These tumors look like follicular neoplasm when examined grossly. They are composed of follicles of variable sizes. The colloid is usually darker or hypereosinophilic compared to the colloid in adjacent non-neoplastic thyroid and may show scalloping “bubble gum” appearance (Fig. 1b). Occasional multinucleated giant cells are present within the follicles. The cytological features of PTC are important to establish the diagnosis in these tumors [1, 2]. The diagnosis of follicular variant of PTC can be quite difficult and controversial [5, 6]. The prognosis of these tumors is similar to the typical PTC. An exception is the diffuse or multinodular follicular variant, which has a more aggressive clinical course . The prognosis of follicular variant of PTC also depends on whether they are completely encapsulated or invasive [2, 7].
Follicular variant of PTC can look like a follicular neoplasm except for the cytological features. Because these tumors can be easily confused with follicular adenomas and follicular carcinomas, the use of immunohistochemical and molecular markers can be very useful in confirming the diagnosis in difficult cases as will be discussed below.
These tumors are usually found incidentally and measure less than 1 cm in diameter. Patients may occasionally present with cervical lymph node metastases. The tumors are often close to the thyroid capsule. When they are non-encapsulated and show extensive sclerosis they may be more aggressive than completely encapsulated tumors [1, 2].
This variant is composed of cells whose height is at least 2–3 times as tall as they are wide. The tumor cells have abundant eosinophilic cytoplasm and nuclear features similar to conventional PTC (Fig. 1c). Nuclear pseudoinclusions may be more prominent. The tumors tend to be larger than the conventional PTCs, so necrosis, mitotic activity and extrathyroidal extensions are more common. Most patients are older and present with large bulky tumors and they usually have a more aggressive course than the usual PTC [1, 2, 8, 9].
These tumors have a distinct brown color on gross examination similar to the follicular Hurthle cell tumors. They may have follicular or papillary architecture  (Fig. 2a). The “Warthin-like” oncocytic tumor has abundant lymphocytic stromal infiltrate and is often seen with Hashimoto’s thyroiditis [2, 15]. The diagnosis is usually based on the nuclear features of PTC.
This is a rare variant that is made up of pseudo stratified columnar cells. Some cells may have supranucleur and subnuclear cytoplasmic vacuoles. Some tumors may resemble endometrial or colonic adenocarcinomas  (Fig. 1d). The nuclear features of conventional PTC are not well represented in these tumors, so if the patient presents with metastatic lesions, they may be mistaken for metastatic adenocarcinoma from lung, colon or endometrium. However, the tumor cells are usually positive for TTF-1 and they are variably positive for thyroglobulin [1, 2]. Although these tumors have been considered by some authors to be more aggressive than the typical PTC, this finding has been more controversial. As with many PTC, columnar cell variant tumors that are completely encapsulated are less likely to metastasize.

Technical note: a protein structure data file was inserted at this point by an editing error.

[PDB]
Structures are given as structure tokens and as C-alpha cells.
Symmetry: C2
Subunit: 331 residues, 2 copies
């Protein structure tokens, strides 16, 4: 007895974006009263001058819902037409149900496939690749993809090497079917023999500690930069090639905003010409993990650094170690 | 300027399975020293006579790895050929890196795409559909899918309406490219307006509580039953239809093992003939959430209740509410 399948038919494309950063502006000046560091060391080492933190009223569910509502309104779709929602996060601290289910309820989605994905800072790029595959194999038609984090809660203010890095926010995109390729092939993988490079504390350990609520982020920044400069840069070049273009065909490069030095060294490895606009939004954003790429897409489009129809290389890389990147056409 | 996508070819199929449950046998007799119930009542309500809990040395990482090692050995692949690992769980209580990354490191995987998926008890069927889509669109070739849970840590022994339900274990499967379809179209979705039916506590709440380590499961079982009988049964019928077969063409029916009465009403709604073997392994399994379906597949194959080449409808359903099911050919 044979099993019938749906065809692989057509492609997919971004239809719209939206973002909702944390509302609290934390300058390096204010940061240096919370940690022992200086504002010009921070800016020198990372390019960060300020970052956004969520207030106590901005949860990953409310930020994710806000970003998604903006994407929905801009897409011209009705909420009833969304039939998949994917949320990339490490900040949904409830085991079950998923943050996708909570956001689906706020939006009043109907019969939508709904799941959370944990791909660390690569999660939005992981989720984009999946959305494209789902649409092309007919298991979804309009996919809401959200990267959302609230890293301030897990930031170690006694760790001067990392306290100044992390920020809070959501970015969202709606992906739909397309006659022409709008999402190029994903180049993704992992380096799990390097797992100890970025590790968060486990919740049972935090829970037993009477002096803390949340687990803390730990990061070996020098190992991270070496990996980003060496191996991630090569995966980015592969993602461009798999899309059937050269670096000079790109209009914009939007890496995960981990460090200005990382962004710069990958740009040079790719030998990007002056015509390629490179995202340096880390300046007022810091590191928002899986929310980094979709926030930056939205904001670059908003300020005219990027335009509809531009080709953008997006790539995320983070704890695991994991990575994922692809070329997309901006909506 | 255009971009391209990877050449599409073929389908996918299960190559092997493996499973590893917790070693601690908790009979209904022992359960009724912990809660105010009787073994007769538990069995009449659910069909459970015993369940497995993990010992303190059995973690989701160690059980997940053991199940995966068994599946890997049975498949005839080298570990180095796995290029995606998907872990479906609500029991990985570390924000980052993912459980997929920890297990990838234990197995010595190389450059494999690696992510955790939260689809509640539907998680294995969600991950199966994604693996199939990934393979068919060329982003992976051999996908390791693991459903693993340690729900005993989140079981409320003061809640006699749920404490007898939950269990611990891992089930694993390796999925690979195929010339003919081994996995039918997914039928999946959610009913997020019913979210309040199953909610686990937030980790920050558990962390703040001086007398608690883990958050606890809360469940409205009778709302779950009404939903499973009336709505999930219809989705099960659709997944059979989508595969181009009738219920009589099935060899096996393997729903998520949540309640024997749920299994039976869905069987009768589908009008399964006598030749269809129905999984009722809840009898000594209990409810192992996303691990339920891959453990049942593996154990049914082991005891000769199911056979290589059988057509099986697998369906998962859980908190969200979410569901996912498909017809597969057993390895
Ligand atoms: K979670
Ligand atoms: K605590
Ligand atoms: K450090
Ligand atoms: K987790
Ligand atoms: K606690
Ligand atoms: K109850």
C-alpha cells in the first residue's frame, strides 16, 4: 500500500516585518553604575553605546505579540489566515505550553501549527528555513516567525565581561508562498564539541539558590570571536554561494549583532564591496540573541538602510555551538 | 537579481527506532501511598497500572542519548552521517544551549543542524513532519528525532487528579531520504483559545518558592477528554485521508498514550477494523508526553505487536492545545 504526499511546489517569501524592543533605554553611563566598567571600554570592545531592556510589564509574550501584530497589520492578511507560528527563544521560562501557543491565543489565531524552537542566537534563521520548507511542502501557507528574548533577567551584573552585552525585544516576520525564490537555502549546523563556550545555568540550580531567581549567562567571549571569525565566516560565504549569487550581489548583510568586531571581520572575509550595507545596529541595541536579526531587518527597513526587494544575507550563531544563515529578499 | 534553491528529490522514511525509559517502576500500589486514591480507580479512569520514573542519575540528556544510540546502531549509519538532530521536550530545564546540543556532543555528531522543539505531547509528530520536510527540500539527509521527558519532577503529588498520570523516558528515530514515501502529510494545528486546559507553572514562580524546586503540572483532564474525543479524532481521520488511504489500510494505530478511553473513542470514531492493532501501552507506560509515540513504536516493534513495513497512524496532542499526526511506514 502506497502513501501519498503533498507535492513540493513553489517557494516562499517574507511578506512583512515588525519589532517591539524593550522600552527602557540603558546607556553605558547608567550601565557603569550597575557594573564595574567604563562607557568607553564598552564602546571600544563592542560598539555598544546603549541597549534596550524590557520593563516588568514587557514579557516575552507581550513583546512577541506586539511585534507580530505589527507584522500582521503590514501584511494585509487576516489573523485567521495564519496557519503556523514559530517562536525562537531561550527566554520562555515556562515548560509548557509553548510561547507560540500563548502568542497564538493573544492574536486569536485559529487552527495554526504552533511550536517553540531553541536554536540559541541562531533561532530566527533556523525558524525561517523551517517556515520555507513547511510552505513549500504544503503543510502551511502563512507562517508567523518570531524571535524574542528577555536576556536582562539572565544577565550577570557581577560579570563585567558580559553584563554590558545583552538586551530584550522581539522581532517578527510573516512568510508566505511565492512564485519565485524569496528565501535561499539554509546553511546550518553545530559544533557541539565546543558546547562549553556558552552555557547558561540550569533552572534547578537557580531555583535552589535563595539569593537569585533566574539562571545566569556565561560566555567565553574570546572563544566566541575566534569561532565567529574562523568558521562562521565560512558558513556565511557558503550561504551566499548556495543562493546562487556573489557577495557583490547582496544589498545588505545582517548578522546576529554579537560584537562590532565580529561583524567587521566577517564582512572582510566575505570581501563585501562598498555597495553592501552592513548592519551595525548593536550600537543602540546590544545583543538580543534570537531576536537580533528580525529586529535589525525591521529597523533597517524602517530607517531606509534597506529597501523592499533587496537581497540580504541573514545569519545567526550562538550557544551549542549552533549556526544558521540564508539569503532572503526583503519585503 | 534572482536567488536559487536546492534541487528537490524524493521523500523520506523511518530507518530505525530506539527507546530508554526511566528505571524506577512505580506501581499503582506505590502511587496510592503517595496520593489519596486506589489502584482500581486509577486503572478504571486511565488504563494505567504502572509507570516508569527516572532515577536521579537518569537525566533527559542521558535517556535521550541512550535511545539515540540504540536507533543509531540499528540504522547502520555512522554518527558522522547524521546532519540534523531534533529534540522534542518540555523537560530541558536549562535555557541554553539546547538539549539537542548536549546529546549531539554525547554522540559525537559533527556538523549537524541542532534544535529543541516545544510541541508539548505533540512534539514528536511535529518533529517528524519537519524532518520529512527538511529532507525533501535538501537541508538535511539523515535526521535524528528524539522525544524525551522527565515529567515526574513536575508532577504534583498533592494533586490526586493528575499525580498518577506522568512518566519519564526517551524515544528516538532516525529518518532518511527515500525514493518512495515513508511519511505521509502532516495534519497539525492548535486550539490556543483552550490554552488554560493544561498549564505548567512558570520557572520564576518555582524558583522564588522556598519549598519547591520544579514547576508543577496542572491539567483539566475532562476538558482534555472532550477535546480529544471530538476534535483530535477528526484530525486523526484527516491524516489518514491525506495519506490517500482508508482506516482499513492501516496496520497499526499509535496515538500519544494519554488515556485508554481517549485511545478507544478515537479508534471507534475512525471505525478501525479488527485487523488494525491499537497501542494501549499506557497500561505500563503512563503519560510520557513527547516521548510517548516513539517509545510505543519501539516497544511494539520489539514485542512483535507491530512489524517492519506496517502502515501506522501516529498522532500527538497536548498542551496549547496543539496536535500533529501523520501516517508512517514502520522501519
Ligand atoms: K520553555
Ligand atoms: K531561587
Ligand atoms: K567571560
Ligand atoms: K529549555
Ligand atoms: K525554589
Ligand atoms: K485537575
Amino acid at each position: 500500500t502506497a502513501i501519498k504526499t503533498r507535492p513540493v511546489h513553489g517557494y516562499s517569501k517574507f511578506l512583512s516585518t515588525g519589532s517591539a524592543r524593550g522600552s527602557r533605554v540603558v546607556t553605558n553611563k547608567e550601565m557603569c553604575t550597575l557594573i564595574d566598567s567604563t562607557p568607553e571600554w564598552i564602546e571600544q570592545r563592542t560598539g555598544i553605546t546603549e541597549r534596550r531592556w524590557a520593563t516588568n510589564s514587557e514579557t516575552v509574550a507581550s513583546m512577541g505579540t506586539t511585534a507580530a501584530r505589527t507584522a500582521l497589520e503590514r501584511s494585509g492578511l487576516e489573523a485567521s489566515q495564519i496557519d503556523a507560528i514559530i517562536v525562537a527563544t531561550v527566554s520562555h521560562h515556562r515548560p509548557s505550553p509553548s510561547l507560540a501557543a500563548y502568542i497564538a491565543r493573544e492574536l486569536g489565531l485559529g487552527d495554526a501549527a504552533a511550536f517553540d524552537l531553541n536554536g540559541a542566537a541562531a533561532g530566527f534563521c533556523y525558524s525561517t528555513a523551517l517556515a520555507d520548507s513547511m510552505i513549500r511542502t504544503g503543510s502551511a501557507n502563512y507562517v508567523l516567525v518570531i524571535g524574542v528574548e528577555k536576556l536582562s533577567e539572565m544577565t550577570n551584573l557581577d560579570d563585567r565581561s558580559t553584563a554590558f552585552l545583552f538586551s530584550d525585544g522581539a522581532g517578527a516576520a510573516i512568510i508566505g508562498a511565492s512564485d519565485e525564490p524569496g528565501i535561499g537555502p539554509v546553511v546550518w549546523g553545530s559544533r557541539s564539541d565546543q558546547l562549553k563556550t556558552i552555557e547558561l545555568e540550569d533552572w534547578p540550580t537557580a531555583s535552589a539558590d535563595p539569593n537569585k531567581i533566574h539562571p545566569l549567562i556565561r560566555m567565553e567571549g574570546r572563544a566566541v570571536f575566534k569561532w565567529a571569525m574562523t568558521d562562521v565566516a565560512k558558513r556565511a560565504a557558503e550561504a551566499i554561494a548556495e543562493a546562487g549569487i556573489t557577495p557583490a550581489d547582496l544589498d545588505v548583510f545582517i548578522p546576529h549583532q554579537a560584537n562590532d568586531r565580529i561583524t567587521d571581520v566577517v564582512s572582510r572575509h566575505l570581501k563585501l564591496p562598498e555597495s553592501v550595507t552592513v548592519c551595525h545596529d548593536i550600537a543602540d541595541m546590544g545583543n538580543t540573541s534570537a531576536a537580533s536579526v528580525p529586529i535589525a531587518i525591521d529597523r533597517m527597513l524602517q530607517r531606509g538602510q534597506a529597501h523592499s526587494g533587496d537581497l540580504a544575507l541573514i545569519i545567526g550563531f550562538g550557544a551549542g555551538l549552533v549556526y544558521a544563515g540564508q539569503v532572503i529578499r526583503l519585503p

These tumors are more common in younger patients between 15 and 30 years of age . They are characterized by diffuse involvement of the thyroid and both lobes are typically involved. Papillary structures in dilated lymphovascular spaces are often present. The tumors show extensive squamous metaplasia, abundant psamomma bodies, stromal fibrosis and prominent lymphocytic infiltration (Fig. 2c). The background thyroid often shows chronic lymphocytic thyroiditis. A significant number of patients may have lymph node and lung metastasis, but the tumors do not usually lead to the demise of the patient [1, 2].
These tumors consist of sheets of tumor cells, which have cytological features of typical PTC  (Fig. 2b). Vascular invasion and extrathyroidal extension are present in about a third of cases . They are more common in children with a history of radiation exposure.
These tumors comprised of mainly clear cells have a papillary architecture and cytological features of PTC. Some tumors may have oncocytic and clear cell features . Immunostaining for TTF-1 and thyroglobulin may be necessary to distinguish these tumors from a metastatic clear cell carcinoma.
This rare variant is usually associated with familial adenomatous polyposis and Gardner Syndrome. The tumor has a prominent cribriform pattern with solid and spindle cell areas as well as squamous morules. Focal papillary architecture is usually present. The nuclei show clearing and grooves focally. The tumors usually involve both thyroid lobes.
There is some debate in the literature as to whether this is a variant of PTC or a distinct lesion . The tumor is positive for thyroglobulin focally and shows positive nuclear staining for beta catenin.
This tumor is extremely uncommon. It is composed largely of macrofollicles and can be easily confused with a hyperplastic or colloid nodules from low power observation. The cytological features of PTC are seen at higher magnification . Metastatic tumors to lymph nodes usually retain the macrofollicular patterns.